With the recent arrival of COVID-19 vaccinations and the gradual roll out of the programme in Grenada, getting a needle in one’s arm is no longer a prospect but a reality. This week we present a first-hand report from our reporter Nancy McGuire who recently took the AstraZeneca vaccine.
“Making my mind up about getting vaccinated against COVID-19 took some doing. Ever since the Prime Minister and other government ministers and officials made a spectacle of getting the jab on February 12 – as leaders around the world have done in recent months – I have been asking myself ‘should I?’
First, one has to consider how quickly COVID-19 vaccines have been developed and get over fears that any steps in the development process could have been overlooked. Given the number of people who have been vaccinated around the world so far, I believe it is safe to conclude no step in the process was overlooked. The results from pharmaceutical companies involved in the production of the vaccines, including the sharing of research and what the clinical trials showed, provide a comforting level of transparency.
Second, if taking the vaccination helps in curbing the spread within Grenada, am I duty bound to get it? Should I do my part in getting Grenada closer to the illusive herd immunity?
I had pretty much made up my mind to get vaccinated when all the talk about blood clots and the AstraZeneca vaccine, which is the only vaccine available to Grenadians at this time, gave me pause to reconsider. However, it was a short pause. After all, the AstraZeneca vaccine was approved by the World Health Organisation, the Pan American Health Organisation and Canada’s National Advisory Committee on Immunisation (NACI).
At first the NACI recommended the vaccine not be given to persons over 65, based on the results of clinical trials. However, after the NACI looked at three recent real-world effectiveness studies, it changed its recommendation. On Tuesday (March 16), referring to new evidence from the United Kingdom where the vaccine has been given to persons 65 and older, the NACI said: “This evidence demonstrates that the vaccine is safe and effective in older adults, particularly against severe COVID-19 disease and hospitalization.”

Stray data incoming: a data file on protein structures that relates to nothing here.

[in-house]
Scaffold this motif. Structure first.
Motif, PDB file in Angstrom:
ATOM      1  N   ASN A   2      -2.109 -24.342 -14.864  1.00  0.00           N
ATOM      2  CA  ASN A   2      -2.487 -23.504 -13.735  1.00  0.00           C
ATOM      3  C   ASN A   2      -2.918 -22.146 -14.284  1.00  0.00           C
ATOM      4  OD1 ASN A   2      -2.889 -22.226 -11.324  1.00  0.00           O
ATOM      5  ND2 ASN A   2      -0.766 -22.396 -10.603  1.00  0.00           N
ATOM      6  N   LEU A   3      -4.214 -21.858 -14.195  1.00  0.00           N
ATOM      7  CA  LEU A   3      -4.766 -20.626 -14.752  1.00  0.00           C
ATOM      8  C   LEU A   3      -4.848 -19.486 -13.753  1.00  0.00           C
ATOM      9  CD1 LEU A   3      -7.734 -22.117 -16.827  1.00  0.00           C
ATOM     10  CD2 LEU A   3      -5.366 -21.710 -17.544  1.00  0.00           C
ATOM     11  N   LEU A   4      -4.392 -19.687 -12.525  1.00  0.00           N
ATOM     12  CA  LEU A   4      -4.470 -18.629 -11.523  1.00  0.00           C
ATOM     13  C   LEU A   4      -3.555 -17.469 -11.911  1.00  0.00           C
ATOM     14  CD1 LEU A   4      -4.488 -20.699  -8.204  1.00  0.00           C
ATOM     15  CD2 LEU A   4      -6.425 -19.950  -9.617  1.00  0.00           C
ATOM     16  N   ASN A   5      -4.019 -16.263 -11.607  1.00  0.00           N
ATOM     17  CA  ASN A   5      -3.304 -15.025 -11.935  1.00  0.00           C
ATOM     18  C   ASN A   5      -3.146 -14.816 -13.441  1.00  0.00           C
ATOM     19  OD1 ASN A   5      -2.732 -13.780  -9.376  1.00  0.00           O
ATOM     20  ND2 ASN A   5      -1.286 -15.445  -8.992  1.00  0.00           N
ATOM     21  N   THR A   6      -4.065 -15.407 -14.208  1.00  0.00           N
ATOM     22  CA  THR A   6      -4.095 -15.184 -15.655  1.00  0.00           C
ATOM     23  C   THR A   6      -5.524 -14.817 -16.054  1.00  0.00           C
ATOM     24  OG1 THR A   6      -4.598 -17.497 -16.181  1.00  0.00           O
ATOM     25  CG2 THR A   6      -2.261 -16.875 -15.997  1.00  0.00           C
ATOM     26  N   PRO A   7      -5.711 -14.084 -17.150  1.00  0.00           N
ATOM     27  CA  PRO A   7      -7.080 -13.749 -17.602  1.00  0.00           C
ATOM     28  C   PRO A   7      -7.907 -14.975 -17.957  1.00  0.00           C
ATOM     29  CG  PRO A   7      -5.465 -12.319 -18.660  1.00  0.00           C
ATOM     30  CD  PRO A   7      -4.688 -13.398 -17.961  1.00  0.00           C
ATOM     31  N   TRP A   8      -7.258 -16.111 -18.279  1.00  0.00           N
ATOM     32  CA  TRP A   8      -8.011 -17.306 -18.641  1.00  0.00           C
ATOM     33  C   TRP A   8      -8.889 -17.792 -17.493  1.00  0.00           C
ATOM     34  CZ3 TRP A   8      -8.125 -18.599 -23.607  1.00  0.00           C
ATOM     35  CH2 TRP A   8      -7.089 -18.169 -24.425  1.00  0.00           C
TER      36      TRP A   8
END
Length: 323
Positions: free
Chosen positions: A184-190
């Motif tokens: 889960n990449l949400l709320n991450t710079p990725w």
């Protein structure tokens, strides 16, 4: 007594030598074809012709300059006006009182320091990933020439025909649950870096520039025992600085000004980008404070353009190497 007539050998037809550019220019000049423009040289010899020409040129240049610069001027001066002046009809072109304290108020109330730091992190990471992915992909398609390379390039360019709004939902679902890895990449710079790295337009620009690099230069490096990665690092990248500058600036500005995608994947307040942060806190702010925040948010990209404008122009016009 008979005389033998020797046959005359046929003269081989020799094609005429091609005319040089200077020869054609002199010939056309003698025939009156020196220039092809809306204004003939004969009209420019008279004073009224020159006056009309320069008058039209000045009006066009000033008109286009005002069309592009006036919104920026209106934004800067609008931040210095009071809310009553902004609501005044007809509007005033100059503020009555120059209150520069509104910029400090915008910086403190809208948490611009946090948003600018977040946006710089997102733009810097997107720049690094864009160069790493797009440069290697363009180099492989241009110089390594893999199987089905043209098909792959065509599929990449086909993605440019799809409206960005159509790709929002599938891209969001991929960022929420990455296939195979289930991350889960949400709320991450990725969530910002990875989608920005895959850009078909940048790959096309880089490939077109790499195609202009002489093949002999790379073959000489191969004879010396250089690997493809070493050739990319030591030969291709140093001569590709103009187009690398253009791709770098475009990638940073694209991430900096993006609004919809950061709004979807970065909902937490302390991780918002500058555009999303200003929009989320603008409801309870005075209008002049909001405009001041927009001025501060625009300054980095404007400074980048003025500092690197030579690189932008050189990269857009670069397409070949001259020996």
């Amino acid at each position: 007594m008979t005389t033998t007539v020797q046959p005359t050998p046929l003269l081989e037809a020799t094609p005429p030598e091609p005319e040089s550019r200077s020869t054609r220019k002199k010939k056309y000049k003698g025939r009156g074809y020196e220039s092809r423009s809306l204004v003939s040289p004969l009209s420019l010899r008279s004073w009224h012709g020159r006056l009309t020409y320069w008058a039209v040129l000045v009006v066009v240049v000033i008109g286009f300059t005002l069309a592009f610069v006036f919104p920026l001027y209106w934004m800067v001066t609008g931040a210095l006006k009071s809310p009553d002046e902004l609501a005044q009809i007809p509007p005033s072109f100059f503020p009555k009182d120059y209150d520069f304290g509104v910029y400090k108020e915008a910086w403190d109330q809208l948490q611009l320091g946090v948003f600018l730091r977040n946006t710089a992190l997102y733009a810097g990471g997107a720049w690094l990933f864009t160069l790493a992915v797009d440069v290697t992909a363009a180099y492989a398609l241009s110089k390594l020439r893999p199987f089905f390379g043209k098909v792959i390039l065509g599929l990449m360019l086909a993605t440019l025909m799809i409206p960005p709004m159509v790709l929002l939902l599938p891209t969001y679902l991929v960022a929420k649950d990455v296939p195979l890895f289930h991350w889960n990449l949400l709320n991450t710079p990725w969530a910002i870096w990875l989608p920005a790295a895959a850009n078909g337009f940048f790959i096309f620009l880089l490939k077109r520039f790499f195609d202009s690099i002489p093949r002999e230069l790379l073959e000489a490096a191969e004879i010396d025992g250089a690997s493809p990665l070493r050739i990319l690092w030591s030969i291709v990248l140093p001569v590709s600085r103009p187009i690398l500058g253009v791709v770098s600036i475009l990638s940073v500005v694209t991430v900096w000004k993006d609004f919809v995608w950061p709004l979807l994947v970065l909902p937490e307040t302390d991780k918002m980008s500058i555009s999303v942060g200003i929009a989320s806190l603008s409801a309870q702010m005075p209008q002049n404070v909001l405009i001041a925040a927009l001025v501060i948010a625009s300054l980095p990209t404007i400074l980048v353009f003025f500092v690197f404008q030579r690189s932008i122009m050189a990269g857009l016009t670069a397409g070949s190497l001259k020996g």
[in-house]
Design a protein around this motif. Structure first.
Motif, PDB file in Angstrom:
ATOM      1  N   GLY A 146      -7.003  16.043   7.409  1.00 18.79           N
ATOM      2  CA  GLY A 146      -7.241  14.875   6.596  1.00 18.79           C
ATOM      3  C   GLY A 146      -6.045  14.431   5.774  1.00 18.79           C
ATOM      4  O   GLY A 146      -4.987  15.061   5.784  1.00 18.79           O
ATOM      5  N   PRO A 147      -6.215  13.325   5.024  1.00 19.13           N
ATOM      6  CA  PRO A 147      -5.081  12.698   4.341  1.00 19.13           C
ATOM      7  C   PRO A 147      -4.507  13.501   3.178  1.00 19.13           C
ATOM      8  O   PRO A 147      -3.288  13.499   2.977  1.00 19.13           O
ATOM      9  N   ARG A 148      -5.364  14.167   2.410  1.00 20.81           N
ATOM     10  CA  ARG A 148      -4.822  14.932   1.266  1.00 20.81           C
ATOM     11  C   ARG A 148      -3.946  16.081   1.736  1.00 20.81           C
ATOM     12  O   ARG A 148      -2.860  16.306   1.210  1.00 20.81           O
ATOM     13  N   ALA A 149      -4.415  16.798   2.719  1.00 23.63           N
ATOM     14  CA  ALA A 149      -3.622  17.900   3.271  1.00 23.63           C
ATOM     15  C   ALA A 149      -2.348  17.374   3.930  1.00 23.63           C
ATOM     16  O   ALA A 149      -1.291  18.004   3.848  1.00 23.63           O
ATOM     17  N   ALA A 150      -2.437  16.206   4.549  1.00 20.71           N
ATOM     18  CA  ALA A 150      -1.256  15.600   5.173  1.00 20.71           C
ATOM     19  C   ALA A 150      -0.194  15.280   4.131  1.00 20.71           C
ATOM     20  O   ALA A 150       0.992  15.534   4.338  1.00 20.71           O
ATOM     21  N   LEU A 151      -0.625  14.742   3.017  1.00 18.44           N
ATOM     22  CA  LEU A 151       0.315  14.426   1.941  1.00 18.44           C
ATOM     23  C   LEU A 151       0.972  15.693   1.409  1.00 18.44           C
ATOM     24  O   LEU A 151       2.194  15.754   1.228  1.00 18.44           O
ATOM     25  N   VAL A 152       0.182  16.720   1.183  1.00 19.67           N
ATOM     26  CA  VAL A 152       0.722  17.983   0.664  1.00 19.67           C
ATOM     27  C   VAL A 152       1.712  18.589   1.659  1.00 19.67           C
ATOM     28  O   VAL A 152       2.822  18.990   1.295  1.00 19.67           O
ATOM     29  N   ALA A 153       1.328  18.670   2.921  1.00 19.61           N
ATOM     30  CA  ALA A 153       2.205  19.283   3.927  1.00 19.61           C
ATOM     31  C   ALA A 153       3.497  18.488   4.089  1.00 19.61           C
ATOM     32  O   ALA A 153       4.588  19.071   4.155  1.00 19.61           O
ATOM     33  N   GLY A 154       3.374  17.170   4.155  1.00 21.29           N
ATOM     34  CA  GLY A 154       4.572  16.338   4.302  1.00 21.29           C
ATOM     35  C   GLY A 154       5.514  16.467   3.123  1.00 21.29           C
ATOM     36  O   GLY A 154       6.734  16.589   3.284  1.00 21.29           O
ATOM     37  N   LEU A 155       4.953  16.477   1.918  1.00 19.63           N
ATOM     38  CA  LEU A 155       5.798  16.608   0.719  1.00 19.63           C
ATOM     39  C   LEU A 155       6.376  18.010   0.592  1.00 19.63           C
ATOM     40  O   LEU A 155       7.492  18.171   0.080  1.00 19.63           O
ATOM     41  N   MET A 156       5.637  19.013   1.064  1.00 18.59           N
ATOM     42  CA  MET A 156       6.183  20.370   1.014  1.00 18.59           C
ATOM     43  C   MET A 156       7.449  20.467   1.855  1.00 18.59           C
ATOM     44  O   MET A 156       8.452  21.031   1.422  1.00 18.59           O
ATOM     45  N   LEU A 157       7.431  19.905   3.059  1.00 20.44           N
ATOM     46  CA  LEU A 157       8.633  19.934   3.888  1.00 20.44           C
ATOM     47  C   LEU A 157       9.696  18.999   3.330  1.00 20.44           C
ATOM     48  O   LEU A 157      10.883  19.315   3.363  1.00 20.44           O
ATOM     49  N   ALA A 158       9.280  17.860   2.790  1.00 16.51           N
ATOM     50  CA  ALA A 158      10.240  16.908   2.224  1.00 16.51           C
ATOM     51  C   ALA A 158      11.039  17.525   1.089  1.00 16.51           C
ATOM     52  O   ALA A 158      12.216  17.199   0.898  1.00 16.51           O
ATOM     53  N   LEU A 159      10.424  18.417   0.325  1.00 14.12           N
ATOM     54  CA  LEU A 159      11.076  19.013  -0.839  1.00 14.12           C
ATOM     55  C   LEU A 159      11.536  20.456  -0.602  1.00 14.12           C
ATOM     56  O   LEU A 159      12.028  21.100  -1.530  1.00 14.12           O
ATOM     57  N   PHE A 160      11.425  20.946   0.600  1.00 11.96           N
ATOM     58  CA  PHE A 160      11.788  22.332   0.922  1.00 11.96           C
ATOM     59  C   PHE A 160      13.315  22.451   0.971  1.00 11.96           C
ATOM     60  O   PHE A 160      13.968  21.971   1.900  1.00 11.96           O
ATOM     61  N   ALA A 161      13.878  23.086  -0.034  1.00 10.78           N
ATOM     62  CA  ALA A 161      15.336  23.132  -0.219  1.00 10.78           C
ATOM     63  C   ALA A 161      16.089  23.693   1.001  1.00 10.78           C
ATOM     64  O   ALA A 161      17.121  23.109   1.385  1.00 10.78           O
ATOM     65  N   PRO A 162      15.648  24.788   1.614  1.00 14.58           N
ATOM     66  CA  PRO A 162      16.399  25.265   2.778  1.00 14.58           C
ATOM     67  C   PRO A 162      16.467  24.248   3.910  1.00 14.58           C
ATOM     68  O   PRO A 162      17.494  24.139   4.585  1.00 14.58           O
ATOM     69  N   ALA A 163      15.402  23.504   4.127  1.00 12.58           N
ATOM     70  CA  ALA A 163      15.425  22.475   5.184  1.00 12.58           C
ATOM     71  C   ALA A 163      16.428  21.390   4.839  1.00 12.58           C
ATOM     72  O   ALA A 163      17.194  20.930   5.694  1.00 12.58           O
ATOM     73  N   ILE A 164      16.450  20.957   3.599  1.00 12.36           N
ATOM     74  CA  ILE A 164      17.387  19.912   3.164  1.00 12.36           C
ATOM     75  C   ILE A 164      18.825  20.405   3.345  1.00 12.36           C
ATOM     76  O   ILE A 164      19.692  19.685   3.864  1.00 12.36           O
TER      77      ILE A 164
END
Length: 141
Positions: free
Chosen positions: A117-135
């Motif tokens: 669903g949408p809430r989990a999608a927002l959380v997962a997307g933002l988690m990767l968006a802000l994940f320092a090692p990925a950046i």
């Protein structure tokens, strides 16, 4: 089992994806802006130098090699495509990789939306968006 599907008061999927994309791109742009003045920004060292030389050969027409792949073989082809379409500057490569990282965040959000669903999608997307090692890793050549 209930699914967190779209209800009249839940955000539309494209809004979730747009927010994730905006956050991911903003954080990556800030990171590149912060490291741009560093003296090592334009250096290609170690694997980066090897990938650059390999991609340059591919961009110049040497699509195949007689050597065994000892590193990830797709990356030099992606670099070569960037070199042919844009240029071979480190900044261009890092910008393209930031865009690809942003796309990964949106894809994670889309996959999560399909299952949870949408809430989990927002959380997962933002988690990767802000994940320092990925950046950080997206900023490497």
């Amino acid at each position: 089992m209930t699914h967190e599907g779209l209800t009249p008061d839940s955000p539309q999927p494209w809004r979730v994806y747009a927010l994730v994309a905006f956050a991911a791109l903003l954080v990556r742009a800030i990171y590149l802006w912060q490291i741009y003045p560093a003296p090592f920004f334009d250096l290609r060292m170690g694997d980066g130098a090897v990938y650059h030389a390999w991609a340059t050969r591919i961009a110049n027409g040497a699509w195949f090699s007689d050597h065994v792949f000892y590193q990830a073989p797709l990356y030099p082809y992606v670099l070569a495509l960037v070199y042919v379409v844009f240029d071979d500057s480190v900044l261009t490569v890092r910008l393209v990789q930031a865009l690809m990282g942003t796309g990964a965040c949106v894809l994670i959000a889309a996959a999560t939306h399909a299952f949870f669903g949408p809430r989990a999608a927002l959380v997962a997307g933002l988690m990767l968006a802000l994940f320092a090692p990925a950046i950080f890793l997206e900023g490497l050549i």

Coming to its own defence, AstraZeneca reviewed the safety data of 17 million people vaccinated in the European Union and the United Kingdom, and found “no evidence of an increased risk of pulmonary embolism, deep vein thrombosis or thrombocytopenia, in any defined age group, gender, batch or in any particular country.” While some countries temporarily suspended the use of the vaccine, the European Medicines Agency said there is no indication of a link between the vaccine and blood clots.
One can always find a reason not to do something, and postponing my vaccination could go on indefinitely. But, at what cost? After reading and researching the pros and cons, again and again, I called the Grand Bras Medical Station and was told yes, they are giving the vaccination and, no I do not have to register.
Arriving at the station at about 11 am there were three people getting the shot. The process was very efficient. One health care worker took my photo identification to prepare my vaccination card while the nurse told me what to expect from any potential side effects, including possible tenderness at the injection site, body aches, head ache and fever. I was required to remain at the medical station for 20 minutes and the head nurse was most watchful to ensure everyone who received the vaccination sat quietly for the full 20 minutes before leaving.
A day later, my arm aches slightly. I will return in May to get my second shot, which, the science says, should improve and lengthen my immune response.
Although I do not know how long I will be protected against COVID-19, I feel better about taking the vaccination and have no second thoughts. And, if I do get the dreaded virus, the science says the vaccination should protect me from hospitalisation. That, in itself, is reason enough to take the jab”.